After Ailaoshan was established as an ecological preserve, ChuXiong Zhou and Jingdong County and Lu Shan Village became the heart of Crassicolumna’s transformation. Rather than picking from protected ancient trees in the Ailaoshan preserve, the area undertook a concerted program of lawful breeding by grafting Crassicolumna wild tea onto their younger (assamica) tea trees 100+ years old already cultivated in their tea groves. This unique sustainable practice is seen almost nowhere else in Yunnan.

In October of 2016, I [sic: author Shao Hongyan] had the pleasure to visit the home of Mr. Li, one of Ailaoshan’s environmental conservation officers. I had the privilege to drink wild tea he picked himself. It had the astringent intensity that the locals describe, unlike any other so-called wild tea I had tasted before. To me it tasted like original wild tea, full of an ancestral and true wild taste that left a deep impression on my palate.

 

Beautiful Lushan Village in Huashan Township, Jingdong County; photo / caption credit: Shao Hongyan
Beautiful Lushan Village in Huashan Township, Jingdong County; photo / caption credit: Shao Hongyan
Ailaoshan Environmental Conservation Officer Mr Li; photo / caption credit: Shao Hongyan
Ailaoshan Environmental Conservation Officer Mr Li; photo / caption credit: Shao Hongyan
photo credit: Shao Hongyan
photo credit: Shao Hongyan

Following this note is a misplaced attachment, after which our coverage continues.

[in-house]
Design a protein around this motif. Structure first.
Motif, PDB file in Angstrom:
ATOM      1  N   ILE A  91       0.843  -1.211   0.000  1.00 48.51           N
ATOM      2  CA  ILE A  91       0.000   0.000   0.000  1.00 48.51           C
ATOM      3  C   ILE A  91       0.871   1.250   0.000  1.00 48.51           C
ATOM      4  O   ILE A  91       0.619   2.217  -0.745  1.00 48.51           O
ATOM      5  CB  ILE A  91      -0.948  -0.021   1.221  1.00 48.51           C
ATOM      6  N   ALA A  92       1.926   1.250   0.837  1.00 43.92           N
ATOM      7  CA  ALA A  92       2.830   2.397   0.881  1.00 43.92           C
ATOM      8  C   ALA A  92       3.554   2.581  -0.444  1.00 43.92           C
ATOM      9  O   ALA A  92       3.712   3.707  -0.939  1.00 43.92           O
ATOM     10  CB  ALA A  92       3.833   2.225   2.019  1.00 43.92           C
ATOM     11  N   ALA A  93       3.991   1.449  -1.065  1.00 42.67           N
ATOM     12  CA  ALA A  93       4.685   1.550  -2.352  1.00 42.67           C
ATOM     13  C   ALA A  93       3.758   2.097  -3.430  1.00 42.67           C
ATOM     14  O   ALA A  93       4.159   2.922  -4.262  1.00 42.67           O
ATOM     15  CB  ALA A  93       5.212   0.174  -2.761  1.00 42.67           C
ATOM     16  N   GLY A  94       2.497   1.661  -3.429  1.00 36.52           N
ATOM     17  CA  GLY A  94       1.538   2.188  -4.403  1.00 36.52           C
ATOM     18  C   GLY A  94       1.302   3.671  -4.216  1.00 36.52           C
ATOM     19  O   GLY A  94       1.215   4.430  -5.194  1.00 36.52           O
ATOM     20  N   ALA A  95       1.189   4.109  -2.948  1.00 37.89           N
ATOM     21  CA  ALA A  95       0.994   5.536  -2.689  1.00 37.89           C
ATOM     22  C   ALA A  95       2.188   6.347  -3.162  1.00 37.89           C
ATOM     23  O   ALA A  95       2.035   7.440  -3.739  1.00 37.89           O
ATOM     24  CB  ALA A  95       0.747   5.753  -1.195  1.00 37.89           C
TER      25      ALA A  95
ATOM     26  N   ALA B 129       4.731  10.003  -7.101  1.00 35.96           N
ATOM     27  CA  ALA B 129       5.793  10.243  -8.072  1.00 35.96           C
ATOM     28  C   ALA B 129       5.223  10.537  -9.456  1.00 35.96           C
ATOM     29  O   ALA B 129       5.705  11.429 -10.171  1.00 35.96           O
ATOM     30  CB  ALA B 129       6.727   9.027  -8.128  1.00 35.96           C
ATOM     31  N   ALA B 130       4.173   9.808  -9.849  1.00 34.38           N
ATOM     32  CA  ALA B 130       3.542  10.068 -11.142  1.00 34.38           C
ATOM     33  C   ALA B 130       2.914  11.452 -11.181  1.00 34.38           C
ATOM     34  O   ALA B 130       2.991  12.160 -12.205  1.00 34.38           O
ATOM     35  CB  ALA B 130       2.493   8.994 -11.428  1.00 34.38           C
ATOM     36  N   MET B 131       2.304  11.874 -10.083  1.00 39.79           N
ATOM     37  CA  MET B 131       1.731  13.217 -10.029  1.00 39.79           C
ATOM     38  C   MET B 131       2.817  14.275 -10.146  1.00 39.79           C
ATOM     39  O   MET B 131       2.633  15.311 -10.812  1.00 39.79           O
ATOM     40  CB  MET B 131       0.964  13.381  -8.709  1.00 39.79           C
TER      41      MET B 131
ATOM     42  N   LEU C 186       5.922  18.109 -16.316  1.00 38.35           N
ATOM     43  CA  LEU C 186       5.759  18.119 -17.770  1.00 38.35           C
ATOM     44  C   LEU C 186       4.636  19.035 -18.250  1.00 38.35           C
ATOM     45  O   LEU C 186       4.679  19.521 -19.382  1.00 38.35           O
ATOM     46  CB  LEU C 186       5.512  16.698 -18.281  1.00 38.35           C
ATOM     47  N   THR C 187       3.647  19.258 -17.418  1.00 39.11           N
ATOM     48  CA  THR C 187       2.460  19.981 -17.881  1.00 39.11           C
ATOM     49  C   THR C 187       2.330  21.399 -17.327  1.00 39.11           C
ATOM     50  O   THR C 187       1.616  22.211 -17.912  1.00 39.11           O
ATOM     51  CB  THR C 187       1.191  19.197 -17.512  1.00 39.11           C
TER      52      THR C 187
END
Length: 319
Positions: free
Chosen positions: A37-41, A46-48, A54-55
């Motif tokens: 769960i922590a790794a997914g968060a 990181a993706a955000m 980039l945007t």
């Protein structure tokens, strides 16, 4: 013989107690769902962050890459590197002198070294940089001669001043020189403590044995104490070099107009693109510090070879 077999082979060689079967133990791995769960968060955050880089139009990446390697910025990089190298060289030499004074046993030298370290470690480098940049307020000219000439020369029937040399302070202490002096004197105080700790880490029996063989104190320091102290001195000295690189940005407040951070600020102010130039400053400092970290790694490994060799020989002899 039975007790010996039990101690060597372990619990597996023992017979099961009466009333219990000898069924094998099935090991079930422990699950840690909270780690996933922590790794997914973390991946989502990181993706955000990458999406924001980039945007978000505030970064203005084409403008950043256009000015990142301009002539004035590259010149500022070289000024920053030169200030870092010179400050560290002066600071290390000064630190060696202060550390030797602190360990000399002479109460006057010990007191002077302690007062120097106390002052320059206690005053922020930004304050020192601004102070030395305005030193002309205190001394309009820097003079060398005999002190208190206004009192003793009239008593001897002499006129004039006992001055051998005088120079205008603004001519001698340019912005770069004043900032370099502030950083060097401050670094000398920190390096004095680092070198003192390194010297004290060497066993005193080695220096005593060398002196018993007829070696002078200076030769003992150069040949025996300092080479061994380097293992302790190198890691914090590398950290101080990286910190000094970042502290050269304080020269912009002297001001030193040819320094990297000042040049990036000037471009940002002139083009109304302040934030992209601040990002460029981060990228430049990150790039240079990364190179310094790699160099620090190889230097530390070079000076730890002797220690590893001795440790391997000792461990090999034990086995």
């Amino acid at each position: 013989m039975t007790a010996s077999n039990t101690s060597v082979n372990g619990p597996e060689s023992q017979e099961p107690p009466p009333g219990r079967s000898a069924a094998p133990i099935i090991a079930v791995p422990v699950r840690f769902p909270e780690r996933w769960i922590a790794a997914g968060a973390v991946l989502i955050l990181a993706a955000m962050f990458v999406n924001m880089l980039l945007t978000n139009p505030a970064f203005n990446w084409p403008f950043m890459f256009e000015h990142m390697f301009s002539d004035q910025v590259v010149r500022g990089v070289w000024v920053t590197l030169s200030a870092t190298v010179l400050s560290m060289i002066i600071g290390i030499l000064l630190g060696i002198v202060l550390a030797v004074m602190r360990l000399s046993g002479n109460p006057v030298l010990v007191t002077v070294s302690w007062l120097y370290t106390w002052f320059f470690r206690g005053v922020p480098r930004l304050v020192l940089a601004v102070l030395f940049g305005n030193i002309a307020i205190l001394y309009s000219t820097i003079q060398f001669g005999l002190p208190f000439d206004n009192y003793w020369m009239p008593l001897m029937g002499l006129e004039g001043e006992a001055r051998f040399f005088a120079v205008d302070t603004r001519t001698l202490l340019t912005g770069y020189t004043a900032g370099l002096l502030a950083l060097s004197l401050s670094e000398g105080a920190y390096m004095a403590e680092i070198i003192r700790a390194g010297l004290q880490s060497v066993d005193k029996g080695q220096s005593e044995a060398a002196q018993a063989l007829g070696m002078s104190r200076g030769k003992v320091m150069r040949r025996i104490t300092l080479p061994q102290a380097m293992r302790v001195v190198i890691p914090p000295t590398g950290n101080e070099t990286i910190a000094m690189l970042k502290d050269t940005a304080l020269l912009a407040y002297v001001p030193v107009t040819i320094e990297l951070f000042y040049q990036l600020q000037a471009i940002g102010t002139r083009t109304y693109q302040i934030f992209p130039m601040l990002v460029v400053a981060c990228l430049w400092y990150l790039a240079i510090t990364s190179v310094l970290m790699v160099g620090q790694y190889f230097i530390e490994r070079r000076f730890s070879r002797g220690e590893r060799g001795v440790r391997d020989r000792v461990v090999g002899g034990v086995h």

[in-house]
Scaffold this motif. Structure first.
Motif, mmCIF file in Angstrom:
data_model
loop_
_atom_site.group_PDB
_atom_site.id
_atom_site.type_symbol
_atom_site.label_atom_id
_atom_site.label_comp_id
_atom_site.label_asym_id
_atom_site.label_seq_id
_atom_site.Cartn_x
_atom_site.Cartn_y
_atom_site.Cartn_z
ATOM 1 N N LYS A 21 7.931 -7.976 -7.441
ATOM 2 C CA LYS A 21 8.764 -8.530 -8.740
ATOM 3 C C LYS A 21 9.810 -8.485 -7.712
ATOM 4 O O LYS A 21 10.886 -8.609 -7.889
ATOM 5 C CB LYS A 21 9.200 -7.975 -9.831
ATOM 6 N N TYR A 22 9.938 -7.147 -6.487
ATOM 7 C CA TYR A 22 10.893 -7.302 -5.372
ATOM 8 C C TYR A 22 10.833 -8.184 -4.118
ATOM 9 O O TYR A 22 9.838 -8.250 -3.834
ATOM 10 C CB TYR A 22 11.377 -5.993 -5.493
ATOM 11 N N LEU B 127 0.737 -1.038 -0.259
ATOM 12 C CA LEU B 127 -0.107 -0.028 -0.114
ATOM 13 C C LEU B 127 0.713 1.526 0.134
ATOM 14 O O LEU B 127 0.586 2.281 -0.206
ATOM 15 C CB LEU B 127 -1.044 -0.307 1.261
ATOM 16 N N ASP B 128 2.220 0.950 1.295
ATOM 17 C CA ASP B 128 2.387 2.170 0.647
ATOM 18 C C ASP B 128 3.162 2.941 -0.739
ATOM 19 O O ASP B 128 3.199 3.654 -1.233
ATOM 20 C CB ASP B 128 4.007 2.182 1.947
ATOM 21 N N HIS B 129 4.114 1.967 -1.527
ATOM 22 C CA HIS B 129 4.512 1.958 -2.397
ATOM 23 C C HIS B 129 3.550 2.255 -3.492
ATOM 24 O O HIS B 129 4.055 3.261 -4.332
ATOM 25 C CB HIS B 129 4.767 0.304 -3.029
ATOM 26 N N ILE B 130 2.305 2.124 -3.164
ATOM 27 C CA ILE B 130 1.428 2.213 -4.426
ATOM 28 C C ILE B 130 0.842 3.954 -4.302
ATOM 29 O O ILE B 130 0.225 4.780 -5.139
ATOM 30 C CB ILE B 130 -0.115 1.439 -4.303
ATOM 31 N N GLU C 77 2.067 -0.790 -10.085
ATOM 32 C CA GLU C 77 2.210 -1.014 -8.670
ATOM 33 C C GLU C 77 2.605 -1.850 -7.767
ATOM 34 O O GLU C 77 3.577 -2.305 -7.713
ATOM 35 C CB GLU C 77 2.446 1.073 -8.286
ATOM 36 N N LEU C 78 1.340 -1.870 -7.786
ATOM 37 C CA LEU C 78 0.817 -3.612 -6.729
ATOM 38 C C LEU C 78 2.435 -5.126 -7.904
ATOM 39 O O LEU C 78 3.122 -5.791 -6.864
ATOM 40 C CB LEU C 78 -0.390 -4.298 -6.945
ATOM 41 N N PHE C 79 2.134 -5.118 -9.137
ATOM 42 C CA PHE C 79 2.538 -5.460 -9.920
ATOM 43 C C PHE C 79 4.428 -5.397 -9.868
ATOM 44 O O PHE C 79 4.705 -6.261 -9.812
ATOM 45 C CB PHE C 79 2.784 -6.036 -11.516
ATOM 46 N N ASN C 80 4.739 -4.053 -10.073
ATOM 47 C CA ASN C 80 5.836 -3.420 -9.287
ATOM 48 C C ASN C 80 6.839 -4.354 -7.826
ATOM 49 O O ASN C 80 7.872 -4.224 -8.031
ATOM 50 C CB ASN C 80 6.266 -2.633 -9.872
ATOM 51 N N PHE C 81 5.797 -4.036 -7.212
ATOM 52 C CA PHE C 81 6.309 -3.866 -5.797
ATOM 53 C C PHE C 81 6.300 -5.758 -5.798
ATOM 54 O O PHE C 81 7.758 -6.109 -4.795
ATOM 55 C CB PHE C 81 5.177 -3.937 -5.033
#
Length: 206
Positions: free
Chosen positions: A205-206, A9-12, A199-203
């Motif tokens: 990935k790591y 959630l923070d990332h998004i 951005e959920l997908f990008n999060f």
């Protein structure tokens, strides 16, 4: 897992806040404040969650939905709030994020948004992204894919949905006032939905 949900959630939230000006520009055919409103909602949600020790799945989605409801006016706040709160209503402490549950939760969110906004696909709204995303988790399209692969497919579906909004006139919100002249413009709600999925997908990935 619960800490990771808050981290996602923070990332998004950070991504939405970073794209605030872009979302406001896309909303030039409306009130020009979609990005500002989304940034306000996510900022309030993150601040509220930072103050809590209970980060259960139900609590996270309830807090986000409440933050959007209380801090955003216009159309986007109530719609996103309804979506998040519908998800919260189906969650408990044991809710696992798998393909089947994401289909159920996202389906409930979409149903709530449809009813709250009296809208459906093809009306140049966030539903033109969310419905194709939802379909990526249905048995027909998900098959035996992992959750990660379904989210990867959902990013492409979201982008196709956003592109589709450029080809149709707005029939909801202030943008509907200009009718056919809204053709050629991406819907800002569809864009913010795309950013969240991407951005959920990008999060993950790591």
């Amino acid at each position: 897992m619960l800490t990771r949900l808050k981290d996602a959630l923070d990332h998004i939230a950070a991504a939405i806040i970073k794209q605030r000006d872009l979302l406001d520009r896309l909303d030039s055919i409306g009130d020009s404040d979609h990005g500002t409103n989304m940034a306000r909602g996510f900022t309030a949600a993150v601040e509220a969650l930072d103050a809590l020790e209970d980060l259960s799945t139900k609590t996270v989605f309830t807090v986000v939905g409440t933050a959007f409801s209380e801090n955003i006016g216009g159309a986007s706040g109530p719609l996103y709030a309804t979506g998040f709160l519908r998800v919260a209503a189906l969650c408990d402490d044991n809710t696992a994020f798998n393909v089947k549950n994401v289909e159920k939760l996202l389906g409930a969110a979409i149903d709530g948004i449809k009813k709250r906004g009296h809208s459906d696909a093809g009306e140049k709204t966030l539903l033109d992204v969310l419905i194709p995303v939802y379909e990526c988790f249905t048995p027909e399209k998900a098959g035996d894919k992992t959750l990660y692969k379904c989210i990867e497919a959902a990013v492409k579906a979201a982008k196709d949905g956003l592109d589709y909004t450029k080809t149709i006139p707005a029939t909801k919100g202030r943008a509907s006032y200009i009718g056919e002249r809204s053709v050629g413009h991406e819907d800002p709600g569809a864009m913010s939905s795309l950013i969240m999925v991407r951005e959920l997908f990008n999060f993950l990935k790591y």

photo credit: Shao Hongyan
photo credit: Shao Hongyan
Lushan Villagers met at the roadside; caption / photo credit: Shao Hongyan
Lushan Villagers met at the roadside; caption / photo credit: Shao Hongyan

Mr Li brought me to the wild tea tree groves at the edge of the nature preserve. This area was very clearly part of the designated legal picking region. A wire fence seperated it from the protected area, where people are not allowed to enter or pick.

I was in awe of the natural beauty here! Young and ancient, tall and short, wild tea trees were scattered over a thousand mu. Some were grafted; some were transplanted. This was a moving “kingdom” of wild tea trees.

photo credit: Shao Hongyan
photo credit: Shao Hongyan
photo credit: Shao Hongyan
photo credit: Shao Hongyan
photo credit: Shao Hongyan
photo credit: Shao Hongyan
photo credit: Shao Hongyan
photo credit: Shao Hongyan
Wild Tea grove; caption / photo credit: Shao Hongyan
Wild Tea grove; caption / photo credit: Shao Hongyan

Officer Li said: “Nobody used to pick this wild tea. The price of the old tree (Camellia var. assamica) tea was so much higher; there was no reason to pick here. Some people picked to mix it in with assamica tea, but now things have changed. The price of our crassicolumna wild tea has skyrocketed. It has become the new love of the markets. We certainly didn’t see that coming.”

 

photo credit: Shao Hongyan
photo credit: Shao Hongyan
photo credit: Shao Hongyan
photo credit: Shao Hongyan
photo credit: Shao Hongyan
photo credit: Shao Hongyan
photo credit: Shao Hongyan
photo credit: Shao Hongyan
photo credit: Shao Hongyan
photo credit: Shao Hongyan
photo credit: Shao Hongyan
photo credit: Shao Hongyan
photo credit: Shao Hongyan
photo credit: Shao Hongyan
 

Translated by David Duckler from “Wild Tea 2.0” // <<普洱景东花山:野生茶2.0初探>> (Shao Hongyan, Xinghai Publications, 2016-11-16).

Photos credit to Shao Hongyan, as noted.
All other photo credit to Verdant Tea, as noted.

 

Visiting the Li Family & their crassicolumna tea tree grove, Shao Hongyan writes: “I was in awe of the natural beauty here! Young and ancient, tall and short, wild tea trees were scattered over a thousand mu. Some were grafted; some were transplanted. This was a moving “kingdom” of wild tea trees…”